But I’m glad, at least, that Hawking’s last piece of research appears to have taken a stab at the string-theory-multiverse mania.


    “…Reality may be made up of multiple universes, but each one may not be so different to our own, according to Stephen Hawking’s final theory of the cosmos.

    The work, completed only weeks before the physicist’s death in March, paints a simpler picture of the past 13.8 billion years than many previous theories have proposed.

    Published on Wednesday in the Journal of High Energy Physics, the new work is the result of a long collaboration with Thomas Hertog, a Belgian physicist at the Catholic University of Leuven. “We sat on this one for a very long time,” Hertog said. “I do believe he was really fond of it.”…

    In the latest work, Hawking and Hertog challenge that view. Instead of space being filled with pocket universes where radically different laws of physics apply, these alternate universes may not actually vary that much from one another…

    “In the old theory there were all sorts of universes: some were empty, others were full of matter, some expanded too fast, others were too short-lived. There was huge variation,” said Hertog. “The mystery was why do we live in this special universe where everything is nicely balanced in order for complexity and life to emerge?”

    “This paper takes one step towards explaining that mysterious fine tuning,” Hertog added. “It reduces the multiverse down to a more manageable set of universes which all look alike. Stephen would say that, theoretically, it’s almost like the universe had to be like this. It gives us hope that we can arrive at a fully predictive framework of cosmology.”…”

  3. Fred P says:

    “For machine learning experts who want to try their hand at an HEP data analysis problem…” – This limit shocked me:
    “The software … should run on a i686 processor with 2GB (tbc) of memory.” source:

    The i686 is a more than 22-year old processor (evidence: ) in a field where the main recent improvements rely heavily on much more modern hardware to take large problems and get results in reasonable timespans. Here’s a somewhat dated summary if you’re interested:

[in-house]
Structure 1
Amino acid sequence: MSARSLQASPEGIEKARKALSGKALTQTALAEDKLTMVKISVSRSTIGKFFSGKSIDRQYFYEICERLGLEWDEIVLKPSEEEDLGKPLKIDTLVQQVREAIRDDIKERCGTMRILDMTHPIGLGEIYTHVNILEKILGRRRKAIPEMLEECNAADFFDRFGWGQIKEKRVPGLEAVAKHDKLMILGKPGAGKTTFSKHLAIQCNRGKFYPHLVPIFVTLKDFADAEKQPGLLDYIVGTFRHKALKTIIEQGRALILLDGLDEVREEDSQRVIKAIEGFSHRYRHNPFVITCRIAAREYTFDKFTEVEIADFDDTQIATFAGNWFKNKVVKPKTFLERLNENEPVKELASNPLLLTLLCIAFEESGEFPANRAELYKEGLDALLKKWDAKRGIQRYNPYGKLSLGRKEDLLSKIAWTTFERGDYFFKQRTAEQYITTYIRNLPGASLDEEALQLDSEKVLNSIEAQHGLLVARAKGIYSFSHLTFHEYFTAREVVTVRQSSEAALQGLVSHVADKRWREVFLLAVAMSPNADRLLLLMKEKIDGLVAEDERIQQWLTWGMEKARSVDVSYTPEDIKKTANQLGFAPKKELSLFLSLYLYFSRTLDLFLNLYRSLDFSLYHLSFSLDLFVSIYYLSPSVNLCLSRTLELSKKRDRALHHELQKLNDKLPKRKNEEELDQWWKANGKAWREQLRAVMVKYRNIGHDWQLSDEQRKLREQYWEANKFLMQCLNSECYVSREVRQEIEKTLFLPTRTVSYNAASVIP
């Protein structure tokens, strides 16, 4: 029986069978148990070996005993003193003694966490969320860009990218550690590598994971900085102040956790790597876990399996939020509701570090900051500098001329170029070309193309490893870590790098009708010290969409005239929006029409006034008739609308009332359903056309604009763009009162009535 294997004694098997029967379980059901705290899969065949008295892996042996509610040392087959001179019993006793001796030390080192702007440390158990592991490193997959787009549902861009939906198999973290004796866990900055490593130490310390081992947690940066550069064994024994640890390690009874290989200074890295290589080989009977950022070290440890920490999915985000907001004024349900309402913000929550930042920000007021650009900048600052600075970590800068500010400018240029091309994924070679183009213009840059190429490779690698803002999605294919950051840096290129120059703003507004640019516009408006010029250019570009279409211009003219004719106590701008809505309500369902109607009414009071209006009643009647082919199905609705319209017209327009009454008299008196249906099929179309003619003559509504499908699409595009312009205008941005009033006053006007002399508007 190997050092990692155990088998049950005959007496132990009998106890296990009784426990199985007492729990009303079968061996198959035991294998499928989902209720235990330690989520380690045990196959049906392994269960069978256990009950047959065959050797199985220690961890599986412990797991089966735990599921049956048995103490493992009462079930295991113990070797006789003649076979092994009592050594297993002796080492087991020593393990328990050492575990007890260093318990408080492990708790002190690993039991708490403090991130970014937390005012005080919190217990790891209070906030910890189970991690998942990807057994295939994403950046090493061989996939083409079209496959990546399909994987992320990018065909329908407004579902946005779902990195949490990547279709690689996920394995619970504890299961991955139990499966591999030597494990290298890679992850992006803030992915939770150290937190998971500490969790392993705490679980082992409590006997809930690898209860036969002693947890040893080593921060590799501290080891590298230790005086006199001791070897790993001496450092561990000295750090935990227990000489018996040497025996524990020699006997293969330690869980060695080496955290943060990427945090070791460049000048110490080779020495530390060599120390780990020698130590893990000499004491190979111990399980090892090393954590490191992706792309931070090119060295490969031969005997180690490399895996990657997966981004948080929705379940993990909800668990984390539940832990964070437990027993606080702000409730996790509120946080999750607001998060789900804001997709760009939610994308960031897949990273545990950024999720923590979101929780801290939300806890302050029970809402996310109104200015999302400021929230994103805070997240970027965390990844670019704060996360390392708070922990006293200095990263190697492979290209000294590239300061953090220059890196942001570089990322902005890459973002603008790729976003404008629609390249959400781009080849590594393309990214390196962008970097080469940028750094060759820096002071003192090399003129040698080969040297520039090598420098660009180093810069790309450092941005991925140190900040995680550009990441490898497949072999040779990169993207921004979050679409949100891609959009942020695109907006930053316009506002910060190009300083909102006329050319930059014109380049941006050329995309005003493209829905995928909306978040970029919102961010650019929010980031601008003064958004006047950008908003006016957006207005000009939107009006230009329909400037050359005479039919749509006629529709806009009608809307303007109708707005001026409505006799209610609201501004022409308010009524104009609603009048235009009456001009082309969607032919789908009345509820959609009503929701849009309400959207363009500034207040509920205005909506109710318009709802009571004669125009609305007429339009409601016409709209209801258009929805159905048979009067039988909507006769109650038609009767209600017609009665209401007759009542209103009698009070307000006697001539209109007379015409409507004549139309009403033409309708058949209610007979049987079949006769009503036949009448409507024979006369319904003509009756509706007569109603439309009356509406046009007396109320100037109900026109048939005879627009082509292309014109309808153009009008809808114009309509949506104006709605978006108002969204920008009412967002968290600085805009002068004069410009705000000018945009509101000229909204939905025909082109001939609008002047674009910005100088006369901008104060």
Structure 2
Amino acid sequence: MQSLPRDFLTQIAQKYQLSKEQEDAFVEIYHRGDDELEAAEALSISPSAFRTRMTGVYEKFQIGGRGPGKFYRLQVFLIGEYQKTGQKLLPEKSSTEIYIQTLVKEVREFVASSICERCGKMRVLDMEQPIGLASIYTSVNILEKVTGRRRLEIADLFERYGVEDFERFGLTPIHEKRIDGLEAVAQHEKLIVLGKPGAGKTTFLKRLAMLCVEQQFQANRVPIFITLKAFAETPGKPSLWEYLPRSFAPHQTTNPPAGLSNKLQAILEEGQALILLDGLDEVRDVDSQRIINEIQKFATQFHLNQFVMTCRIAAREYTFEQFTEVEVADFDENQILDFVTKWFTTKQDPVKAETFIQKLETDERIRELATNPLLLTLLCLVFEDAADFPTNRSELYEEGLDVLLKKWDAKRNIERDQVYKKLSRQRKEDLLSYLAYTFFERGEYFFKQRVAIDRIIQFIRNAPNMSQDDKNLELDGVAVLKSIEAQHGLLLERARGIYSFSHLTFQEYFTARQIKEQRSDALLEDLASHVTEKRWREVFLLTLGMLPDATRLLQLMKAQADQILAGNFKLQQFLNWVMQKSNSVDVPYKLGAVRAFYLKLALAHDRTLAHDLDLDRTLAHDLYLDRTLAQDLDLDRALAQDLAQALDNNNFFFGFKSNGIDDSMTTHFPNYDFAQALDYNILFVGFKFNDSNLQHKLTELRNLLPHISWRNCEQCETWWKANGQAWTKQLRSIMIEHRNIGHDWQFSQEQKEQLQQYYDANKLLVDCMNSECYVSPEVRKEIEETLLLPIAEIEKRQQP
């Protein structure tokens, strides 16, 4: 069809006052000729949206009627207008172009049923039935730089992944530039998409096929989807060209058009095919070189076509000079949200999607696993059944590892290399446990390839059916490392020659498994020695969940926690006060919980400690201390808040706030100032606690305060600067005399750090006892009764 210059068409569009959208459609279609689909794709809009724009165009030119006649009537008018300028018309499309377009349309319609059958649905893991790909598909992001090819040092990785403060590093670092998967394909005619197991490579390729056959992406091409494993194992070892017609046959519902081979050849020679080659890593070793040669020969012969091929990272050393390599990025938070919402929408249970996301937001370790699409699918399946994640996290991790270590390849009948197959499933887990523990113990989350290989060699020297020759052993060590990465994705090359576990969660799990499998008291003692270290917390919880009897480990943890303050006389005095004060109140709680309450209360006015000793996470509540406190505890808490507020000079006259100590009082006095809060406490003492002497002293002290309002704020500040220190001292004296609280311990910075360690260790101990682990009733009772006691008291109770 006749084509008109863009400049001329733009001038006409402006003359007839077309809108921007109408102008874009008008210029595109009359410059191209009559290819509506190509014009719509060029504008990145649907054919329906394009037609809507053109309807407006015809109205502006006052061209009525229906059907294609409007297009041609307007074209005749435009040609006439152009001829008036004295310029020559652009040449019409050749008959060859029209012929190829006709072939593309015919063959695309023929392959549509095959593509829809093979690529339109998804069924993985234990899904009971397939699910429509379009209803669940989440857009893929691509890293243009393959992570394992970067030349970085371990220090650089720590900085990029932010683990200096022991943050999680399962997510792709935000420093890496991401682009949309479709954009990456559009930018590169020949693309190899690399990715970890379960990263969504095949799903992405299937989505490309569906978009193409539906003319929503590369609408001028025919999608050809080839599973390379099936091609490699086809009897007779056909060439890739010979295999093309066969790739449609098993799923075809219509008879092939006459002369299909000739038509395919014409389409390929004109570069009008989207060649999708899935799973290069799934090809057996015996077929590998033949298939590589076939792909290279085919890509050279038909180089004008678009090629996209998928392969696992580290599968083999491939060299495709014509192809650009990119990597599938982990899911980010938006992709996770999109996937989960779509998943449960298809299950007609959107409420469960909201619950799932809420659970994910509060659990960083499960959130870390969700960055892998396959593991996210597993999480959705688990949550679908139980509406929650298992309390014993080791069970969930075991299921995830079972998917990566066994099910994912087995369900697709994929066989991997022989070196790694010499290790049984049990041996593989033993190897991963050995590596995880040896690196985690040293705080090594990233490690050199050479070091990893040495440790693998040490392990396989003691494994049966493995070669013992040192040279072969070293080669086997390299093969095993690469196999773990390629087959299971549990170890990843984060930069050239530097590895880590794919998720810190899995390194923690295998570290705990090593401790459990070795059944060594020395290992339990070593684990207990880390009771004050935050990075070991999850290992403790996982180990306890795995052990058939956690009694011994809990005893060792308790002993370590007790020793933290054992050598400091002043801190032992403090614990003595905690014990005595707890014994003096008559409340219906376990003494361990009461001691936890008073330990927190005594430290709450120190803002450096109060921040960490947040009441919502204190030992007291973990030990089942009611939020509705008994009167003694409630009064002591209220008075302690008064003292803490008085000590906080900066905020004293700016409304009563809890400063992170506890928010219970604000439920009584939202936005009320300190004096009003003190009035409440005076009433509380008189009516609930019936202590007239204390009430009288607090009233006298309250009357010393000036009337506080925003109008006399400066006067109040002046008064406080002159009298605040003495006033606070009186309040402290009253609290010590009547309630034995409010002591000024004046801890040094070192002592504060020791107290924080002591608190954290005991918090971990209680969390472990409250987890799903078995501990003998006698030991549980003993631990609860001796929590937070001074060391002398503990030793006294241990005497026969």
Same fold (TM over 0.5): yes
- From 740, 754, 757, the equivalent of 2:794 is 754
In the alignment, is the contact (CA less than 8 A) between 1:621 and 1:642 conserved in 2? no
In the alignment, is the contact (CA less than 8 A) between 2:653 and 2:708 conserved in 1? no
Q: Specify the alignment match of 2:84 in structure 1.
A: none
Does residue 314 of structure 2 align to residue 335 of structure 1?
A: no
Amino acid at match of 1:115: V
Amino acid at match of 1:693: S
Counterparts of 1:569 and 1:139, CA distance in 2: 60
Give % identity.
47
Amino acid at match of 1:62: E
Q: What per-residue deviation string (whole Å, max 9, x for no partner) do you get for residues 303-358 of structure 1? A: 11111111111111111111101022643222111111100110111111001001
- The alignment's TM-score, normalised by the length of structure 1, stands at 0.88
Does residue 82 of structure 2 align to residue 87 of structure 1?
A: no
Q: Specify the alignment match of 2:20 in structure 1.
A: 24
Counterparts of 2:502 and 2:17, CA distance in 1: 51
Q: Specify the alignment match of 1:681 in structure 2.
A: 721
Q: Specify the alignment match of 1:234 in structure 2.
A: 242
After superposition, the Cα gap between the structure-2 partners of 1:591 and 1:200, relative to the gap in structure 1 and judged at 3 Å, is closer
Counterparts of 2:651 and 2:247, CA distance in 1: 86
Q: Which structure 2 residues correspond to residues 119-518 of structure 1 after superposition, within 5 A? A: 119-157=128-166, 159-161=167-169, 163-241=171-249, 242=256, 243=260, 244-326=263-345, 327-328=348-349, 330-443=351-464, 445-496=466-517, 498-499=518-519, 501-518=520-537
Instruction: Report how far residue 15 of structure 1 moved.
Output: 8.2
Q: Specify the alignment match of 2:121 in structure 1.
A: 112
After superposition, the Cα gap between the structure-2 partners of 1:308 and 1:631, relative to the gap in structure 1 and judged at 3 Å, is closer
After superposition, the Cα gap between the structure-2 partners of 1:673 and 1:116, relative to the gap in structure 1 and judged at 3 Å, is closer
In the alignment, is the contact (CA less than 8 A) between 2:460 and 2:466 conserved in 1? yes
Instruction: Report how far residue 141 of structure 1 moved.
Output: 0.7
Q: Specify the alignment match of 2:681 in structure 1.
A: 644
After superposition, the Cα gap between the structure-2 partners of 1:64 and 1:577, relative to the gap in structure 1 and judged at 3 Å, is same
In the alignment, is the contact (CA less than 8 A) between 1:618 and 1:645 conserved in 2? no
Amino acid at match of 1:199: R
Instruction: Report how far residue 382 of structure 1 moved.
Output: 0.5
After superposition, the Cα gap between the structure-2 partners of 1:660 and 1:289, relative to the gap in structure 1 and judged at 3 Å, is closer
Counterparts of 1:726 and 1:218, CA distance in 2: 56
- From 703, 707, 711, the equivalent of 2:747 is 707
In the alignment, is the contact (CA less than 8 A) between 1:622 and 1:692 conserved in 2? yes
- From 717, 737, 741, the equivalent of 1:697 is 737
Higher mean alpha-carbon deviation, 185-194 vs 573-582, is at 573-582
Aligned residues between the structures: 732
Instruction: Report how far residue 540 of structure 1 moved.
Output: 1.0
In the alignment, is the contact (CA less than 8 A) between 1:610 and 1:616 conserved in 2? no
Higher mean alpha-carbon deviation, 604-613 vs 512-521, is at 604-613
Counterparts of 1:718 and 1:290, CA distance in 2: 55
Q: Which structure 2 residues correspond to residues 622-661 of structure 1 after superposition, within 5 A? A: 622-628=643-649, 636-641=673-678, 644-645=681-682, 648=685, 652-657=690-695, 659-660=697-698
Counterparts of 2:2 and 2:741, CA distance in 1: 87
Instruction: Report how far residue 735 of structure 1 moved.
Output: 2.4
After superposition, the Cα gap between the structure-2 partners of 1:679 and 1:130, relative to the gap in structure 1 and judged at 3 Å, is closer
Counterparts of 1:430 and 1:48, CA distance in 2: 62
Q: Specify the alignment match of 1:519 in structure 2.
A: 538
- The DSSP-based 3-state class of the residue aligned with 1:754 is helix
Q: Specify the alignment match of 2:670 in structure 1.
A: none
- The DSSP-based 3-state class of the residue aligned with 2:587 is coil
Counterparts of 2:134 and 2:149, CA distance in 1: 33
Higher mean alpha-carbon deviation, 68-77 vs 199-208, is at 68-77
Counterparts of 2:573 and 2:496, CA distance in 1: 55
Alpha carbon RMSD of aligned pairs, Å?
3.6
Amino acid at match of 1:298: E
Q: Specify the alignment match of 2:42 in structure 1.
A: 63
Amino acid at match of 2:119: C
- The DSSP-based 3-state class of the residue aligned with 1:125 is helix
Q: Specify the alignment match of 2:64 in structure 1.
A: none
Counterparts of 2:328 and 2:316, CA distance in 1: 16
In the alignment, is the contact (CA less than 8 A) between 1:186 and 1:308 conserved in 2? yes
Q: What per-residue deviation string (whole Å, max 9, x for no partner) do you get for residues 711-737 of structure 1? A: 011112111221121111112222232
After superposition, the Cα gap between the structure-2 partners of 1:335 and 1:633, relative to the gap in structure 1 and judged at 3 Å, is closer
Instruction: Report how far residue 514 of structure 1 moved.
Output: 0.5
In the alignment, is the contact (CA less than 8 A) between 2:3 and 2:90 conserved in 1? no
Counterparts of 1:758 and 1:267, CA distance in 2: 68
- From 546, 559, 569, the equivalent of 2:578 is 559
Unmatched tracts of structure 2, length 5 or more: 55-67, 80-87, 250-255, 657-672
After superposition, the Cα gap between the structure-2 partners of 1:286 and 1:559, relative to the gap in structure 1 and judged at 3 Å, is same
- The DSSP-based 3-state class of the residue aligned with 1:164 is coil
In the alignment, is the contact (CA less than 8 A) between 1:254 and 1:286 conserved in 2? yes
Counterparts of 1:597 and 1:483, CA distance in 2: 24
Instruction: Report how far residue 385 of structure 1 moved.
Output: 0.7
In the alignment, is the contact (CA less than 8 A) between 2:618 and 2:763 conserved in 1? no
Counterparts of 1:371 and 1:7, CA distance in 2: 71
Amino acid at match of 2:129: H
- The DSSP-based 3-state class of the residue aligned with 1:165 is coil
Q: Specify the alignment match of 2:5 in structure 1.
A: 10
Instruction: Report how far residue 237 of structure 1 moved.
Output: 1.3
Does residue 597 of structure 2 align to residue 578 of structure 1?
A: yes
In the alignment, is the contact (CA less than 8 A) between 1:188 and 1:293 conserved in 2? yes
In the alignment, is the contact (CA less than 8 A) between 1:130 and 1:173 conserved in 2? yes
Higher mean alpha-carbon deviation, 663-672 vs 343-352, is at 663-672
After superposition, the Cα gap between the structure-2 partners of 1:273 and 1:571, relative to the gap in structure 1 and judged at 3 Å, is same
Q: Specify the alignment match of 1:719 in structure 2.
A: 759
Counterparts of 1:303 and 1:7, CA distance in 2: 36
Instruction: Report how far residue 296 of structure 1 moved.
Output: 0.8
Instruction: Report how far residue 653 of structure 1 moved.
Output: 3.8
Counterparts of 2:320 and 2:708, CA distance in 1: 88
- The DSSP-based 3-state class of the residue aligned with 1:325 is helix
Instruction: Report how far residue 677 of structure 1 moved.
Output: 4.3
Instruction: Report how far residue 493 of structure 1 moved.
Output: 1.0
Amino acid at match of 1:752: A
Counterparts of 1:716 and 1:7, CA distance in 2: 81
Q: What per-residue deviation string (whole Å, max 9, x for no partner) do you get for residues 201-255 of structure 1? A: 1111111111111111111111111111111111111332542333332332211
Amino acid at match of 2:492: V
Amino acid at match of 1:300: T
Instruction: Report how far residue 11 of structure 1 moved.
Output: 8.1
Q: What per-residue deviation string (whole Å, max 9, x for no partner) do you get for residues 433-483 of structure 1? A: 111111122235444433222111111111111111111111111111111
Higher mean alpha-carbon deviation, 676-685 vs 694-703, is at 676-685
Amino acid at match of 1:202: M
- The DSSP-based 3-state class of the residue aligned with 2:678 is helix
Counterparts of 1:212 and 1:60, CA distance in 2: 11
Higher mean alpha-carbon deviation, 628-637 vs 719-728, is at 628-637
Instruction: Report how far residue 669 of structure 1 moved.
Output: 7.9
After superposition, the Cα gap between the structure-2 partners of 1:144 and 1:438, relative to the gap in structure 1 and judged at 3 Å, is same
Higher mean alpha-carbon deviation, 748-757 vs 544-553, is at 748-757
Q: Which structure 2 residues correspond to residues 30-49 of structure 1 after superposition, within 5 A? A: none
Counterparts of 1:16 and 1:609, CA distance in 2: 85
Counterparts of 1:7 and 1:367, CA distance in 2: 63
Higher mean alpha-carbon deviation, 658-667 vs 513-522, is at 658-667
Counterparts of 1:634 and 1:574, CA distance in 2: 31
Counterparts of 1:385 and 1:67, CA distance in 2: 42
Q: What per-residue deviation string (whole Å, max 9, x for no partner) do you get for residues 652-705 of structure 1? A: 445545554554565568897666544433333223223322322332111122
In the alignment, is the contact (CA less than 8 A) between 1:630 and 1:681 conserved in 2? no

I am unclear that they will get useful results from this competition. Either the environment they’ll need will be radically different from the one they’re testing in, thus skewing any results to ones that may be sub-optimal for their purposes, and/or they’ll have to run using toy datasets that may have dubious applicability to the problems they are interested in.

  4. Peter Woit says:

    I was trying to ignore this, finally gave in (see the latest posting).

  5. Carlos says:

    Thank you for mentioning Szilard’s nice piece (from 1948!). It’s one of the best science satires I’ve read in a long time, and it should definitely be more widely known. It makes us really wonder how far back has science started to become sick. “Off your teeth!”

  6. fg says:

    to Fred P: my guess regarding this constraint is that this software would be run as part of very high level triggers, very close to the detectors themselves, where only radiation hardened electronics can survive. And the best way for electronics to be robust against radiation is to have rather big transistors (much larger than the current state of the art in miniaturization).

  7. Anon says:

    fg: I don’t know the reason for i686 condition but the higher level triggers of the LHC experiments are on the surface, so radiation is not the reason. The experiments update their computing every year or two with several thousand of the latest computers, and are either using already or developing GPU systems for the future.

  8. fg says:

    My bad… I meant low level triggers. Having tracking information in these early triggers would open up new ways of selecting some rare events.

  9. Jan Dybicz says:


    Is there a video of David Gross’s two Princeton talks available?

  10. Peter Woit says:

    Jan Dybicz,
    Not that I know of. At the talk I attended, there was video being recorded, don’t know where/when it might appear publicly.